Week of BSU's Kwanzaa Activities Called SuccessfulBy Nicole A. Sherry
Leaders of the Black Students' Union called last week's Kwanzaa activities a success for drawing together members of all ethnic groups from MIT and outside communities to celebrate black culture.
The Kwanzaa week was first celebrated in America in 1966. "It was started as a way for African people to celebrate their heritage here in the United States and tie it back to Africa," said Rondell L. Milton '93, who co-chaired the week's activities.
The Kwanzaa activities at MIT have enjoyed rising popularity over the past four years. Average attendance at this week's activities was between 30 to 40 people, with more and more people coming each day, organizers said.
However, the organizers said they did not judge the week's success by the attendance numbers. "If only a few people come and everybody benefits, then we consider it a success," said Malik A. King '95, a member of the executive board of the BSU.
"It is sort of a family celebration. A small group was fine and a large group was fine as well," Milton said.
Although the majority of those attending the Kwanzaa celebration were members of MIT's black community, the organizers encouraged members of other ethnic groups and people from outside MIT to take part, and said they will work to do so again next year.
"It is very interesting and a good learning experience for everyone," said Milton. "It was open to anyone. We [the BSU] just happened to be hosting it and putting it together."
An event each day
The activities ran for seven days, and each day was guided by a different principle expressed by a word in Swahili, the most widely spoken African language. At the start of each day's activities, celebrants performed a traditional ceremony, which was followed by a dinner, usually catered by a black-owned restaurant. The day's event followed.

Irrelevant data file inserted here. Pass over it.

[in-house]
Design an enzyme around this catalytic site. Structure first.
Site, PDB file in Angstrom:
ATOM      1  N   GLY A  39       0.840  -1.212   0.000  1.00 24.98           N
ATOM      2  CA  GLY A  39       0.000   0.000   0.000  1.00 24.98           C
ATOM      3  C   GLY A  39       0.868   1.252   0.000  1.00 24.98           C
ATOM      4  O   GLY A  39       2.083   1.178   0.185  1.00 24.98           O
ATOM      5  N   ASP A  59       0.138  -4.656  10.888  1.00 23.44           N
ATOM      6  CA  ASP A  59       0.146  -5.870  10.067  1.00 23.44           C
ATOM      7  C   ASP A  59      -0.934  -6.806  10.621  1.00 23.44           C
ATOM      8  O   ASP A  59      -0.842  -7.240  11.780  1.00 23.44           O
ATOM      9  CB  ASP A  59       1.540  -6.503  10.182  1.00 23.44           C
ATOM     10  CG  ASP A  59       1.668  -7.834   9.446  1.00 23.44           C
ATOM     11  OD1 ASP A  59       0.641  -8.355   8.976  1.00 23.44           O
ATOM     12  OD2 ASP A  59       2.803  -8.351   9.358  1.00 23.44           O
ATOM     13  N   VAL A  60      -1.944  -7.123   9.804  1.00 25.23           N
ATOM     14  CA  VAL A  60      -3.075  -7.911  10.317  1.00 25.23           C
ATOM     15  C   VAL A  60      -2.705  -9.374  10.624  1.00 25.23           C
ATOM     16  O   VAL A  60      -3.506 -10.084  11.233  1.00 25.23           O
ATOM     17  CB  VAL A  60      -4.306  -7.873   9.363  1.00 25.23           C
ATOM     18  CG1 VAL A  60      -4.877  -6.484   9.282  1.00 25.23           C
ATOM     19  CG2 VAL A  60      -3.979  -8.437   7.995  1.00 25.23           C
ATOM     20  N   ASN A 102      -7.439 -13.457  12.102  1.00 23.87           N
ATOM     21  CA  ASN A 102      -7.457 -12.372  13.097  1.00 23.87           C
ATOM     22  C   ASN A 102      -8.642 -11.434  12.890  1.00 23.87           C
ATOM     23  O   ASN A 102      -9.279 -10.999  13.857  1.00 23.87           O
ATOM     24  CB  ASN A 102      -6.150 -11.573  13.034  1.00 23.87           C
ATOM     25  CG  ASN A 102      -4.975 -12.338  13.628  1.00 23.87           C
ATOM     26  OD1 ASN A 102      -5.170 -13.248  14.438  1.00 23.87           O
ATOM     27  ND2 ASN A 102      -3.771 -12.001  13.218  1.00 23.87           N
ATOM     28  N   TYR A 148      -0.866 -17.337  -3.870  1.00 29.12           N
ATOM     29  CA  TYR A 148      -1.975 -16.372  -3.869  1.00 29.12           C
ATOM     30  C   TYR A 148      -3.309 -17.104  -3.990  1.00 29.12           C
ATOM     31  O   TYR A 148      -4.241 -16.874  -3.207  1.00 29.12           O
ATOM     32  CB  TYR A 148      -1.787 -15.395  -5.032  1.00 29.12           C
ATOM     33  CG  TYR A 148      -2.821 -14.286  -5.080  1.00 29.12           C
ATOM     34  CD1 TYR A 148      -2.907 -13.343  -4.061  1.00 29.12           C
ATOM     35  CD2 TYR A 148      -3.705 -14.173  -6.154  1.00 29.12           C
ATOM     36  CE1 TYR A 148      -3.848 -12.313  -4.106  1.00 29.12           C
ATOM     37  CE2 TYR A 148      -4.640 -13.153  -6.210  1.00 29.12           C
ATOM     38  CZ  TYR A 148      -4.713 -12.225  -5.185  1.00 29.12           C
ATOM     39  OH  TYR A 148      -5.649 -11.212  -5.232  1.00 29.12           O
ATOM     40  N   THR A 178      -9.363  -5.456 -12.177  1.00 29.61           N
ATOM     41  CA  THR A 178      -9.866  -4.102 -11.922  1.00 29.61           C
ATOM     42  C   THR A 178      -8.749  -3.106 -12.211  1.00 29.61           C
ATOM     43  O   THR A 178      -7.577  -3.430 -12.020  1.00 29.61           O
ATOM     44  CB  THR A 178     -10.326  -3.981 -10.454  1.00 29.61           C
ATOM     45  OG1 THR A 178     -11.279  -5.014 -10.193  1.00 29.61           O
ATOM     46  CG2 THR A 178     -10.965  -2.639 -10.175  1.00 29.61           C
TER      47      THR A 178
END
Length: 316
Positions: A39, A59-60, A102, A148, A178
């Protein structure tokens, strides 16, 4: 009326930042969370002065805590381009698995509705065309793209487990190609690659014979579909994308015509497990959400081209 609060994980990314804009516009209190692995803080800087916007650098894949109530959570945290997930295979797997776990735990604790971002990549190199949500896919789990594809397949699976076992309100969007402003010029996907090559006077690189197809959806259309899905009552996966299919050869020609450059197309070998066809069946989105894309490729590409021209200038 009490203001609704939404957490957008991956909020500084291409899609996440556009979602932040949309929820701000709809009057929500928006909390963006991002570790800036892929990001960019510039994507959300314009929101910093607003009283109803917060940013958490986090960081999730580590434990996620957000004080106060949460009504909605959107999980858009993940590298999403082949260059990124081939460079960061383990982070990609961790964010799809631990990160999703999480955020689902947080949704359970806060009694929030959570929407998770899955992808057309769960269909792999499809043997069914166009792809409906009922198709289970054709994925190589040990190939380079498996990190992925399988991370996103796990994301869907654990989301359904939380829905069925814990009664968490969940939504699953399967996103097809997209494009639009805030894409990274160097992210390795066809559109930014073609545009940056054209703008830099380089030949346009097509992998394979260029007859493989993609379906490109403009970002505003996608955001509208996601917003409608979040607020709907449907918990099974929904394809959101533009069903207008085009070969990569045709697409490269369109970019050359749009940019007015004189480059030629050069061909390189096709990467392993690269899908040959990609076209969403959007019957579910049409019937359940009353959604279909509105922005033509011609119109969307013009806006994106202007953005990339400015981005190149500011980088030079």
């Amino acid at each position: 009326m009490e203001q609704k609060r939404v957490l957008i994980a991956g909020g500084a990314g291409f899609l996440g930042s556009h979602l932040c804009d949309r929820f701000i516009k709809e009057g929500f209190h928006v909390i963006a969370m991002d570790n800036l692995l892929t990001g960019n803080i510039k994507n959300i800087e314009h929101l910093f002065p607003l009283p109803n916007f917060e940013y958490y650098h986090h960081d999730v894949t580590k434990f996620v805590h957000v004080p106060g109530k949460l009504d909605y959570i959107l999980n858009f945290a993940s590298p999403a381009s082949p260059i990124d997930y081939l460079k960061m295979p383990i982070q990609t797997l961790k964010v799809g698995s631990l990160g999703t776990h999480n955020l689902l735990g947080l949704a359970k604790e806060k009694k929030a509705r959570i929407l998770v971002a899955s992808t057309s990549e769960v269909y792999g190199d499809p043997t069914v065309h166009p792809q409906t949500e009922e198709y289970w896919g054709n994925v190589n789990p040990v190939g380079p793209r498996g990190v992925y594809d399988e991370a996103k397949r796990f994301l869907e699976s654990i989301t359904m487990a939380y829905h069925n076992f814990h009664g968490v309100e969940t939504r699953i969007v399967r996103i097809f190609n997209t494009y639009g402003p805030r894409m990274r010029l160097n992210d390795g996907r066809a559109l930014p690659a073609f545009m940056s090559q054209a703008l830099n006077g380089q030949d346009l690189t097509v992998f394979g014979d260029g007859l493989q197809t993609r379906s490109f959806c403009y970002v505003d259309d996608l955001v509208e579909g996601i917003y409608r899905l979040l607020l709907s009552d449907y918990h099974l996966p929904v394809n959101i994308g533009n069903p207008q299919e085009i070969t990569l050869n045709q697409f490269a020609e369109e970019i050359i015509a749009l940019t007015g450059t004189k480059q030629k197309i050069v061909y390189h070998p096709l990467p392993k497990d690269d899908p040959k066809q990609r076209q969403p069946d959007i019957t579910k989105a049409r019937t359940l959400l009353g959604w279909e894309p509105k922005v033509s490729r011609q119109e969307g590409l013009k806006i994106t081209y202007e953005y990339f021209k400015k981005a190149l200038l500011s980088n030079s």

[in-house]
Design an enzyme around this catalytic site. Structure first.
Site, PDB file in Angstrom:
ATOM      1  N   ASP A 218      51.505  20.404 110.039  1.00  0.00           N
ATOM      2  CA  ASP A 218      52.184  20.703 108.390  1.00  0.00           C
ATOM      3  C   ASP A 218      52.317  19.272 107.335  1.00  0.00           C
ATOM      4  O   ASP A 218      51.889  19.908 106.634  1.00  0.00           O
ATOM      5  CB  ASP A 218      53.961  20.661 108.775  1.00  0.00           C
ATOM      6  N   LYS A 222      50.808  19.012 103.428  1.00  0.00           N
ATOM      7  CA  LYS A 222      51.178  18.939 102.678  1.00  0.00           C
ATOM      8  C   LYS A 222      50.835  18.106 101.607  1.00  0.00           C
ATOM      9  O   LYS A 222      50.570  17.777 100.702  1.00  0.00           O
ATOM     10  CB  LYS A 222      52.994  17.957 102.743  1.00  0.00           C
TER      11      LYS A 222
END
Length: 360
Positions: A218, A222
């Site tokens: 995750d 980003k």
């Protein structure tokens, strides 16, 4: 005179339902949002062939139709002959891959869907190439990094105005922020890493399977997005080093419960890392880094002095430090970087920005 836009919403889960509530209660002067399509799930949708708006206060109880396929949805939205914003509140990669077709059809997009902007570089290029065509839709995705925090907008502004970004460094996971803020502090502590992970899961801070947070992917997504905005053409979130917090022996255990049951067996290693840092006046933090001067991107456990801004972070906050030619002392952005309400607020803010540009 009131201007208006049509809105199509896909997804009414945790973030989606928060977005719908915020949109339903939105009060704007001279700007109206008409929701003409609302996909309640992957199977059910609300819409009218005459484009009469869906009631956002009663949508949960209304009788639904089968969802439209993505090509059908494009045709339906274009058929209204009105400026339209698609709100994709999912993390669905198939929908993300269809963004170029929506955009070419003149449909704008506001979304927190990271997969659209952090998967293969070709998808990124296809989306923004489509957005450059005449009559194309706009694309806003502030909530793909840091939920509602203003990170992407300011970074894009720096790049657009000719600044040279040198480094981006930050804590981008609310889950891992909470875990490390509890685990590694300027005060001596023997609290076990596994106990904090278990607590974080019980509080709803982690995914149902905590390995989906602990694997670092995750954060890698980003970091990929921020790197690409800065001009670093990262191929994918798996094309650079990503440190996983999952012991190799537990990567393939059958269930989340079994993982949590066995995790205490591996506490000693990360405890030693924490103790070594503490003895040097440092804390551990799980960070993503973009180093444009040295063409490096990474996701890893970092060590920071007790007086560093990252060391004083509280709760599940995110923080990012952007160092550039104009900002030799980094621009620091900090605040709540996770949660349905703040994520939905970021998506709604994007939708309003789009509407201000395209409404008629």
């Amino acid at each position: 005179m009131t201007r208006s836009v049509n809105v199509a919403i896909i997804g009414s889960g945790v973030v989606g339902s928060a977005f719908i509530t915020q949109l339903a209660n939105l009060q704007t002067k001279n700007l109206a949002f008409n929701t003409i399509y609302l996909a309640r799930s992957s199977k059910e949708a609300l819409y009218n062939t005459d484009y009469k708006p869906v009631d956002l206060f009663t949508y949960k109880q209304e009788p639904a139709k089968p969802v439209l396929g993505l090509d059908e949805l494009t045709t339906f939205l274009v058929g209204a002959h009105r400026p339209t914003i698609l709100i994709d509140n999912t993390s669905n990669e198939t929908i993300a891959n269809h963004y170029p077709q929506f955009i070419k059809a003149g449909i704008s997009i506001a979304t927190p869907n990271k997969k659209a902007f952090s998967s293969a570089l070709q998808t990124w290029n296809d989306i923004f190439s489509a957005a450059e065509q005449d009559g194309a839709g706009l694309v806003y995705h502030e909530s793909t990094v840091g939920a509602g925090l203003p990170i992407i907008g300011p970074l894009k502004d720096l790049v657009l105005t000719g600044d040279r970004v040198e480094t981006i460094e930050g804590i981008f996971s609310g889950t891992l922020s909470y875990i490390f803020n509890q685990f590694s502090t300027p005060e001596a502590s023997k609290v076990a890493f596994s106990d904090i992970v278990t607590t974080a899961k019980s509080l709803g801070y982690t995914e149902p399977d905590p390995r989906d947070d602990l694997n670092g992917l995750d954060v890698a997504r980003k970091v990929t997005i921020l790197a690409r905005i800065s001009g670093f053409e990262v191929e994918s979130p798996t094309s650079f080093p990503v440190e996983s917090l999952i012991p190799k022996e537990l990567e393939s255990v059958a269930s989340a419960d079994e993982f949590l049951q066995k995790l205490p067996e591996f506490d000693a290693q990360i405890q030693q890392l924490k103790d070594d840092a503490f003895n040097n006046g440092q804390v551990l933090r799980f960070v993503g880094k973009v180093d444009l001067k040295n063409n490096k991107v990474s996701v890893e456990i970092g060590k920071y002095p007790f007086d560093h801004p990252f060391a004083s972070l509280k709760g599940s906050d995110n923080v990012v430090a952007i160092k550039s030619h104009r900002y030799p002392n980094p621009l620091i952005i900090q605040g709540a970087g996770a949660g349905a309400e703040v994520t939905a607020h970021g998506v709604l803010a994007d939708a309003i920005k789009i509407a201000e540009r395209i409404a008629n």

The theme on the first day was umoja, or unity, and participants gathered in a circle and shared personal experiences. On the second day, which focused on kugi-shagulia, or self-determination, black poets and writers read their works to the group. People from MIT and Cambridge spoke about volunteer opportunities in the area on the third day, which celebrated ujima, or collective work and responsibility.
On the fourth day, Professor of Electrical Engineering and Computer Science Cardinal Warde and an MIT alumnus each spoke about their experiences with starting a business to celebrate ujamaa, or cooperative economics. The fifth day, reserved for nia, or purpose, was marked by a percussion jam session.
The sixth day drew the largest crowd, which came to to celebrate kuumba, or creativity. Performances included a South African boot dance by two MIT students, a production by Movements in Time, an MIT-based modern African jazz group, and another by DIVA, a singing group from Boston. The week closed out with imai, or faith, observed through a discussion about community empowerment that was heavily attended by people from outside the MIT community.
King said the community projects begun during Kwanzwaa week will have long-lasting effects. "People are working on things now that they wouldn't have been doing before," he said.
According to King, next year the BSU will try to bring in people from outside MIT to help plan the activities.